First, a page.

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Re: URI: Name or Network Location?

From: Patrick Stickler <patrick.stickler@nokia.com>
Date: Mon, 26 Jan 2004 10:41:01 +0200
Message-Id: <5ED27296-4FDB-11D8-8079-000A95EAFCEA@nokia.com>
Cc: "ext Hammond, Tony (ELSLON)" <T.Hammond@elsevier.com>, "Thomas B. Passin" <tpassin@comcast.net>, ext Jeremy Carroll <jjc@hplb.hpl.hp.com>, "Phil Dawes" <pdawes@users.sourceforge.net>, www-rdf-interest@w3.org
To: "ext Sandro Hawke" <sandro@w3.org>

On Jan 24, 2004, at 22:06, ext Sandro Hawke wrote:

>>>     info:lccn/n78890351
> vs
>>>     http://info-uri.info/lccn/n78890351
>> But if these are non-dereferencible URIs, how do you stop every RDF
>> web-crawler, information gatherer and clueless agent on the planet
>> from attempting to HTTP-GET/MGET the billions of URIs in the
>> namespace?
>> Unless I'm missing something, as the number of these scale up, so to
>> do does the amount of resources used in tackling 404'd requests.
> I'll be surprised if that turns out the be the big inefficiency of the
> Semantic Web.  Retrieving megabytes of data that turns out not to be
> what you want -- that's much worse.  Especially if you have to compute
> for a long time to know if it's useless stuff.  So I expect metadata
> to be very valuable, saying which URIs are useful for what.  Kind of
> like the stuff search engines already store about each URI.


Alot of thought about scalability and efficiency of SW agents went into
the design of URIQA (after all, we make mobile phones, which don't
have gobs of memory or processing power to crunch data) and the benefit
to being able to obtain a concise description of a particular resource
(such as a vocabulary term) is that a given SW agent at a given time
may only need information about a handful of resources -- and so it
makes no sense to force the agent to download, process, and store
(even temporarily) entire schemas or knowledge bases defining entire
vocabularies (which can be *huge*).

Yes, there will be some core vocabularies which the agent may have
full knowledge of to start with, but as the SW grows, and more and
more folks define vocabularies, SW agents will frequently encounter
terms they do not recognize and will need to, at run time, obtain
the information they need to understand those particular terms. And
if (by keeping track of newly encountered terms) the agent determines
that particular definitions or even entire schemas should be cached
for improved future processing, fine.

The key, though, is that when that agent encounters a URI, it is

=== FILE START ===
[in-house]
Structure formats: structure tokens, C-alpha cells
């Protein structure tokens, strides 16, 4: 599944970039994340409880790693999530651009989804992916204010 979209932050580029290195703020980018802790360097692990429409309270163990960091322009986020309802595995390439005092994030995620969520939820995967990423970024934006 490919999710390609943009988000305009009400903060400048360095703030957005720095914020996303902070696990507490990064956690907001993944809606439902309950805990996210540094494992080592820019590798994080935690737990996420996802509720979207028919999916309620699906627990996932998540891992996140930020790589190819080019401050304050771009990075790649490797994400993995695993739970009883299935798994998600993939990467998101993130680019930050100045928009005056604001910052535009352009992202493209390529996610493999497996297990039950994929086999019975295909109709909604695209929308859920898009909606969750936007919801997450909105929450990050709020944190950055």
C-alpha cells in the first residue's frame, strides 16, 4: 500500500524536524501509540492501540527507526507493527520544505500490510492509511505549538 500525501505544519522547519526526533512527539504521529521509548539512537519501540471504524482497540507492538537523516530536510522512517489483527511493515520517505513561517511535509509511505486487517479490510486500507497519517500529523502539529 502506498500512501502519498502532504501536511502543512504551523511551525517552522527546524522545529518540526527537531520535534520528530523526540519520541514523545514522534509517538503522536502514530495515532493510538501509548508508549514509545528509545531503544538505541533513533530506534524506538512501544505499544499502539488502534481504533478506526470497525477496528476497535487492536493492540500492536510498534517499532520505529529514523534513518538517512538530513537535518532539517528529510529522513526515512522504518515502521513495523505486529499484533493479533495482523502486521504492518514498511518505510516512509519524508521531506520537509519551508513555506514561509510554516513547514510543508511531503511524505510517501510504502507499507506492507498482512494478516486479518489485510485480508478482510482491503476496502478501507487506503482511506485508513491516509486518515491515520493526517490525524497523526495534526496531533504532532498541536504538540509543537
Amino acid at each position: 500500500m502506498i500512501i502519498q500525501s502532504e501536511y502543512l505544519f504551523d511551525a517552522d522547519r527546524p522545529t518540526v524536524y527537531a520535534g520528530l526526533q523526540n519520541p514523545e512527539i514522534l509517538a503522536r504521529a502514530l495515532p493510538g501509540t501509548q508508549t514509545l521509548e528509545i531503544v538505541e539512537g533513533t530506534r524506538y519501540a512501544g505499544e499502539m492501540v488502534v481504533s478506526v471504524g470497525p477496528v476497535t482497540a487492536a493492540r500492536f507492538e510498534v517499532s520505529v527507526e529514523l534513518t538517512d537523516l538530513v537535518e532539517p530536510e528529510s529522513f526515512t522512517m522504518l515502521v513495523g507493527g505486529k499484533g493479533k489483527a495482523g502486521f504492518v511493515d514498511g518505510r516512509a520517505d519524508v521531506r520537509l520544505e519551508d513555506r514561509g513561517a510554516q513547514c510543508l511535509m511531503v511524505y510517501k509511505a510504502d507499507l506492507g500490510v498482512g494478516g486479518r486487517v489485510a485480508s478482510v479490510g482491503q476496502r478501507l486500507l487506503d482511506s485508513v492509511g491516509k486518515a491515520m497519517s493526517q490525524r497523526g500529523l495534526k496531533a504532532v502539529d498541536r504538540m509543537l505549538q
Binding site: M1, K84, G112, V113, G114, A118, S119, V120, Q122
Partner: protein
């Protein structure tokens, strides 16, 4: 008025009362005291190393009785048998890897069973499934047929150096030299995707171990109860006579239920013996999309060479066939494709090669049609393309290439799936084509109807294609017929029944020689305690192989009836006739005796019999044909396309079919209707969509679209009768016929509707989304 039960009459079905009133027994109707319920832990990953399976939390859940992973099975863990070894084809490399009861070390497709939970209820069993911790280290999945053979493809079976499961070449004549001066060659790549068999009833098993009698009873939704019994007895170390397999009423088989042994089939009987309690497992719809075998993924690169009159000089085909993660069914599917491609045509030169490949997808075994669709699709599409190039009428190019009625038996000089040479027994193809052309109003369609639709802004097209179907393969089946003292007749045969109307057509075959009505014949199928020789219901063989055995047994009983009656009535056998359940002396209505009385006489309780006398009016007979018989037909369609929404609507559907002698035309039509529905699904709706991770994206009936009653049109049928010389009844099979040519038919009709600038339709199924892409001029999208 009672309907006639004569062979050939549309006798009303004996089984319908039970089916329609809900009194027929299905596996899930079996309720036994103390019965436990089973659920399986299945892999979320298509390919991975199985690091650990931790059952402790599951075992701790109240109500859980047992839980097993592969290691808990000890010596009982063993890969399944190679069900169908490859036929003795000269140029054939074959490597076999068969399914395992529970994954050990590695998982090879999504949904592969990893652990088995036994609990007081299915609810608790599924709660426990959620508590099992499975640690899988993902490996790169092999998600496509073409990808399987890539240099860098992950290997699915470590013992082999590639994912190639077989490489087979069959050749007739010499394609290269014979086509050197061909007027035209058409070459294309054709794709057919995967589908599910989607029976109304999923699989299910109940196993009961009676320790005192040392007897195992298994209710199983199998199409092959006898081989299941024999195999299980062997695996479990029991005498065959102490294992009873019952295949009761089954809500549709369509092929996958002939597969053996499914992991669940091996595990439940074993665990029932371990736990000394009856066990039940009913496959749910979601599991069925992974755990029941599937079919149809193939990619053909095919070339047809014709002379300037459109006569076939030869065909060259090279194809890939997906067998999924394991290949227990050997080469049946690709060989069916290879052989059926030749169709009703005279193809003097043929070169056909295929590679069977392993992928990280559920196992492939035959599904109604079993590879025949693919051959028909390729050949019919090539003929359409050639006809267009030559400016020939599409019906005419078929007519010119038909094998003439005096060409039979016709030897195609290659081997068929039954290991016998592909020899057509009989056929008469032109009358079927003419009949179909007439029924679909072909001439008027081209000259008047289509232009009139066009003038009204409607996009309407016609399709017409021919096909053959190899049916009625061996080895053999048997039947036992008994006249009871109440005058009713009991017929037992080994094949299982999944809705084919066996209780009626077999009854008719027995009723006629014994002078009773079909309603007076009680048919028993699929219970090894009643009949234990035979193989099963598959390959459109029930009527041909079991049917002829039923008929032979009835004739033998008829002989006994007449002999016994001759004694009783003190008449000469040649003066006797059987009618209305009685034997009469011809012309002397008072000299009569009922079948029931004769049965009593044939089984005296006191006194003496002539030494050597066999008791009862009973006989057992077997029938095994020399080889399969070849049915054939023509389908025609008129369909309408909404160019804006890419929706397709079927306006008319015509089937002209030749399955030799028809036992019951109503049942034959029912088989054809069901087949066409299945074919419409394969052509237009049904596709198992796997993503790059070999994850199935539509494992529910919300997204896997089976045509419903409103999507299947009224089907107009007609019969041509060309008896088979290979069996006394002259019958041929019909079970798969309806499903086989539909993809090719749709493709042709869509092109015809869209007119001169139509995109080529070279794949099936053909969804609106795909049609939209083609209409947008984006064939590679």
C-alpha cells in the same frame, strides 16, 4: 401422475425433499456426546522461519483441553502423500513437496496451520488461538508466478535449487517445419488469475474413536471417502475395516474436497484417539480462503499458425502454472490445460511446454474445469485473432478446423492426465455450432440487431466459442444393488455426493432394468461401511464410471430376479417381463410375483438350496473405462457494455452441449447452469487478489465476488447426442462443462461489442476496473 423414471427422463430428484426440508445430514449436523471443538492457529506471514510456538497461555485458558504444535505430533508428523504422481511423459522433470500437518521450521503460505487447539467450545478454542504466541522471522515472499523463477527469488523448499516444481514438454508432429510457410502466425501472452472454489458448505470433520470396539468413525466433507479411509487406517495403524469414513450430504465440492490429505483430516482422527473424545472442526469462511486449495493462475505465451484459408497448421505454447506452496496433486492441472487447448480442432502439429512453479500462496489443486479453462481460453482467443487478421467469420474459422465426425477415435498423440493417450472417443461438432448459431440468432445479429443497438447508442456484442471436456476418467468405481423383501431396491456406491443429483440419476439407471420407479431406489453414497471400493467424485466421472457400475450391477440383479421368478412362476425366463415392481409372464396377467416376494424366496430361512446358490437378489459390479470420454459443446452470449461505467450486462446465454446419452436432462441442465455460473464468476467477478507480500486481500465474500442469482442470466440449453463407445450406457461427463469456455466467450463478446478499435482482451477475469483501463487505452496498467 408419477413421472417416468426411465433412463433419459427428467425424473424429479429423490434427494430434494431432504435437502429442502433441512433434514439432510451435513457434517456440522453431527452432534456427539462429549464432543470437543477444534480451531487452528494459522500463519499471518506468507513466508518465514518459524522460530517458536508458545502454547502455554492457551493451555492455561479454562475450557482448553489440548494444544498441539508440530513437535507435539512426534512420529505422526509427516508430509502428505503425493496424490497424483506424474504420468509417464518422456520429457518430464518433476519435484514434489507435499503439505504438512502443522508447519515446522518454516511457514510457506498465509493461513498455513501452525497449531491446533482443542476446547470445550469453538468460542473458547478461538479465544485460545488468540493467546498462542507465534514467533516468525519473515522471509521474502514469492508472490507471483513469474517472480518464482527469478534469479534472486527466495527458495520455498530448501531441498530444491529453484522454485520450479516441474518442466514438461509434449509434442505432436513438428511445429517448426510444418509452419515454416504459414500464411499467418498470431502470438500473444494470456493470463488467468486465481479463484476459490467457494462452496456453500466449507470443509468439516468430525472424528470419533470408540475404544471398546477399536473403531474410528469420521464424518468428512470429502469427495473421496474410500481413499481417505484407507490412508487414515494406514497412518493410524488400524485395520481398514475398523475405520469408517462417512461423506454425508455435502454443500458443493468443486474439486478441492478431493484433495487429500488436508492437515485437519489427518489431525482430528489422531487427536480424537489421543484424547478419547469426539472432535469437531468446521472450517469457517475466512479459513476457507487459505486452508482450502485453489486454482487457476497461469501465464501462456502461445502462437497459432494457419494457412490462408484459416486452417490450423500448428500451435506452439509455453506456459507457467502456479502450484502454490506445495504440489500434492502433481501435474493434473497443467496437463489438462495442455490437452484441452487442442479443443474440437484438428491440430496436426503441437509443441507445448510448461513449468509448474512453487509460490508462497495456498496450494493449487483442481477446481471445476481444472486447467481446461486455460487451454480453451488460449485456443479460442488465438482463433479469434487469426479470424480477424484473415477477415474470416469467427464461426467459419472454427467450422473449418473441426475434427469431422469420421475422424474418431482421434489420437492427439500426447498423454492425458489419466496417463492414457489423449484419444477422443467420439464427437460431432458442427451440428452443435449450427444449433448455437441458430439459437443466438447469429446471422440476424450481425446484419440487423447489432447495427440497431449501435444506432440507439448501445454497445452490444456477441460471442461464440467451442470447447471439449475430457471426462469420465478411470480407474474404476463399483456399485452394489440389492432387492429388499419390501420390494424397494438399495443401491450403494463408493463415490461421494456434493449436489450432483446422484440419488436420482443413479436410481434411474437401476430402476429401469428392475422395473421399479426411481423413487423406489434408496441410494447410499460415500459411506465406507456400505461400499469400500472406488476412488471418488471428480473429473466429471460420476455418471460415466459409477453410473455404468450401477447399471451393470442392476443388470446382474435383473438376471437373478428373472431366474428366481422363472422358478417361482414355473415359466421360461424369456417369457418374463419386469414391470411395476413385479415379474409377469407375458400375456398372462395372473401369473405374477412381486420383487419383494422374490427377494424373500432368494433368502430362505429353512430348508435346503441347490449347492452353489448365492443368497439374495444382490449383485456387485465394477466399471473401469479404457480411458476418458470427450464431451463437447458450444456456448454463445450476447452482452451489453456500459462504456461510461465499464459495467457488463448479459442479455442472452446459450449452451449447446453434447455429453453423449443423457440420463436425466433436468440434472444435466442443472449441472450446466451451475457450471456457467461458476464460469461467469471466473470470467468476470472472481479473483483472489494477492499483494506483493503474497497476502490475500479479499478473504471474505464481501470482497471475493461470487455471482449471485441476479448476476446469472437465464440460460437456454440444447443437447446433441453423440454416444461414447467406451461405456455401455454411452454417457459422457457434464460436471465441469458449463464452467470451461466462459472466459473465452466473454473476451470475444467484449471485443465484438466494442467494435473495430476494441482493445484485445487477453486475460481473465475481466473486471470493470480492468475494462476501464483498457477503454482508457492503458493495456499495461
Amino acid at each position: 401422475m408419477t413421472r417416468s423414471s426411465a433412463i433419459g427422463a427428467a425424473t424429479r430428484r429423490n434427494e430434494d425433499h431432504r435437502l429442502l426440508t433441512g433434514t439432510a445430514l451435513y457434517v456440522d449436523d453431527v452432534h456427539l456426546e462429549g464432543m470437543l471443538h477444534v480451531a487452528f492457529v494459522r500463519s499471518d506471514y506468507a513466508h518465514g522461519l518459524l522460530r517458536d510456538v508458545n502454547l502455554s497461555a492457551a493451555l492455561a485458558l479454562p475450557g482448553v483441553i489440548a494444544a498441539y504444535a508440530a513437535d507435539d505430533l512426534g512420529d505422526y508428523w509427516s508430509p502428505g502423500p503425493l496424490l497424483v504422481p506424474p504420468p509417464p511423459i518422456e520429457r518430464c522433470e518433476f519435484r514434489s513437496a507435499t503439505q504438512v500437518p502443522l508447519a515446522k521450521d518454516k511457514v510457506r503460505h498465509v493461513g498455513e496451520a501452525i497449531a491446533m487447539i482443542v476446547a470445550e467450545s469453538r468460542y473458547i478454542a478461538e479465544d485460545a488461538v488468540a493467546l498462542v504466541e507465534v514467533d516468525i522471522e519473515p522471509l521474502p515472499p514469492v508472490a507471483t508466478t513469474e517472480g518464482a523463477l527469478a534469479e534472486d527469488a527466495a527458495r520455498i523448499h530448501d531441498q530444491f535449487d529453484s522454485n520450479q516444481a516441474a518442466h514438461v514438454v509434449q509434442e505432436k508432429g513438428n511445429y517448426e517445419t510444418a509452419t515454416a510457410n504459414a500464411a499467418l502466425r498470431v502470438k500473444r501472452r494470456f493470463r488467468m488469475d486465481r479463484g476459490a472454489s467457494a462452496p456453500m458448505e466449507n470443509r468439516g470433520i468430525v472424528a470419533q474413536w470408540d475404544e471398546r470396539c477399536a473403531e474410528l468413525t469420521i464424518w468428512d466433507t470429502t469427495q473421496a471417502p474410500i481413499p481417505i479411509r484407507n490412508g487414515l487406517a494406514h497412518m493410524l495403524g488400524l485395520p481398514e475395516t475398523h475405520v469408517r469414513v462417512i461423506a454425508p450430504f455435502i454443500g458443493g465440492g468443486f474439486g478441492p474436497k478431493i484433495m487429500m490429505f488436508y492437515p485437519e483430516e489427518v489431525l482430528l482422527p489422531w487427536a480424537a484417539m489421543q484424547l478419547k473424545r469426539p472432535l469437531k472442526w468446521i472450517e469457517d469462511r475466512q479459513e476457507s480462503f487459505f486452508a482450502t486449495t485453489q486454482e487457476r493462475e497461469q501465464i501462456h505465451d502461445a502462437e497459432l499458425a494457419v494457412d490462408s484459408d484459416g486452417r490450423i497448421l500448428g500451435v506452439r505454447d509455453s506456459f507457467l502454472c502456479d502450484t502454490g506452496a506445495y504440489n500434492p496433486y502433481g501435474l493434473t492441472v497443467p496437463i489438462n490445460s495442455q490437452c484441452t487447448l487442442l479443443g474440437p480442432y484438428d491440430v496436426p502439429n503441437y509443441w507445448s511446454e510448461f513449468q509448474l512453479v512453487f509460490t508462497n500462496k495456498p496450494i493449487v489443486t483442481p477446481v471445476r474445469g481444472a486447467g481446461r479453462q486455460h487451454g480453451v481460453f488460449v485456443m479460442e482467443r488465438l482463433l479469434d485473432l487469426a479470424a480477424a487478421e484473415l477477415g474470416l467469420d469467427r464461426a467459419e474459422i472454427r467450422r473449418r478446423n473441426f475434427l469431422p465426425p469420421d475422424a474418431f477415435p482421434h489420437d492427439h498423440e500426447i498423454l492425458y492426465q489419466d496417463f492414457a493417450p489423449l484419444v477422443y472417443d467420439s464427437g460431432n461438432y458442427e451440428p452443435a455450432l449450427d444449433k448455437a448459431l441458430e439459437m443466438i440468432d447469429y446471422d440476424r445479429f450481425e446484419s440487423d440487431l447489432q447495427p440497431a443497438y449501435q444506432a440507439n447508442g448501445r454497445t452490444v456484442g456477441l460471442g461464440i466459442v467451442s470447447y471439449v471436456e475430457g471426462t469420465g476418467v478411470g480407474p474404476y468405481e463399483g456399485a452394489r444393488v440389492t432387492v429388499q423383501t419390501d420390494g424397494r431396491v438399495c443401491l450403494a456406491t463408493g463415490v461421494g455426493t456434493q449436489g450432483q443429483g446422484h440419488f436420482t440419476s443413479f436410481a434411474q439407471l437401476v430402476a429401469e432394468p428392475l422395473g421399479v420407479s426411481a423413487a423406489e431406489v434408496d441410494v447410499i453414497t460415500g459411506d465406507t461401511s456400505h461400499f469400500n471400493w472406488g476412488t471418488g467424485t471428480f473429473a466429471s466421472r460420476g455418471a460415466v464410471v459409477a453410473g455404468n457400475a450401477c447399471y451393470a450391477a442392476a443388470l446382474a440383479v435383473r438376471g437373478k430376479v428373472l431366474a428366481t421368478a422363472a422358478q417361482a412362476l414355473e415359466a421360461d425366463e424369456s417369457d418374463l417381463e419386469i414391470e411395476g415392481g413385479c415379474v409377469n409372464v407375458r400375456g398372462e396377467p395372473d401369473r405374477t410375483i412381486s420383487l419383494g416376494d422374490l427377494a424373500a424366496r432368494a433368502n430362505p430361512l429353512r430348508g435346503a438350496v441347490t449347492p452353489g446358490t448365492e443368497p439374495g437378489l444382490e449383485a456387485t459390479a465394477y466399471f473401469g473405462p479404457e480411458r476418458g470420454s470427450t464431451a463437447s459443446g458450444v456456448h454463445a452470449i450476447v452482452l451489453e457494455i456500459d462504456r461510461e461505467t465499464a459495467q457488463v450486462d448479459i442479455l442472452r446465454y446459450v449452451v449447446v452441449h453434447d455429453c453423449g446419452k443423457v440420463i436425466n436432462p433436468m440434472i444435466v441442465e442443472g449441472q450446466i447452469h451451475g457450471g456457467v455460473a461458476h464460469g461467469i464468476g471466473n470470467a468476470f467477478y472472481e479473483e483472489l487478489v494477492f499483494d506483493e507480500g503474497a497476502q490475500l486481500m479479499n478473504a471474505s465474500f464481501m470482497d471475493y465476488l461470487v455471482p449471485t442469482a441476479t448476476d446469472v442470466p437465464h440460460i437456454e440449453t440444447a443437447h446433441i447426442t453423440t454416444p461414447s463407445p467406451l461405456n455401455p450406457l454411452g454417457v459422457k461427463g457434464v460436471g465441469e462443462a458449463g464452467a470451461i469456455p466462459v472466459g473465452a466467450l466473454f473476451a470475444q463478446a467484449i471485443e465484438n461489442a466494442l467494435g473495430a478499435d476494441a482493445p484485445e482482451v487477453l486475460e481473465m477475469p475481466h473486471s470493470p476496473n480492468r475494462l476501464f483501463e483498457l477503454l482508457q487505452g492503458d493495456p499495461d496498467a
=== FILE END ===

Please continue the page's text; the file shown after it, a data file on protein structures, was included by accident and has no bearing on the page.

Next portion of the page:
able to find out what it means, with *nothing more* than that URI
and some standardized protocol(s). The description of the term
can then lead to identification of the vocabulary to which it
belongs, the entire schema(s) or models where it is officially
defined, etc.

URIQA is a starting point for resource discovery, which may lead
to syndication/manipulation of entire schemas/models, but does
not have to.

And if the URIs denoting resources are not dereferencable, then
they offer far less utility to the software agents which can
potentially make our lives easier.

>> The only solution I can think of is to invent a dud subdomain (that
>> doesnt exist) and let the DNS infrastructure deal with the 'doesn't
>> exist' load (which it's much better placed to do).
>> But then if you are going to do that, why not just invent a
>> non-dereferencible URI scheme... Doh!
> Because it lets you change your mind later.   And if each organization
> (lccn, not info-uri.info) provides their own domain, it can be changed
> on an per-organization basis.
> Mostly I think it'll turn out to be useful and cost-effective to make
> all these URIs dereferenceable.  When people really understand how
> this all works, they'll realize it's often dumb to make a
> non-dereferenceable identifier.  If I'm going to go to the trouble to
> create and publish an identifier for something, I want to leverage my
> owning that identifier by getting into the dereference loop among
> folks who choose to dereference.




>      -- sandro


Patrick Stickler
Nokia, Finland
Received on Monday, 26 January 2004 03:41:01 UTC

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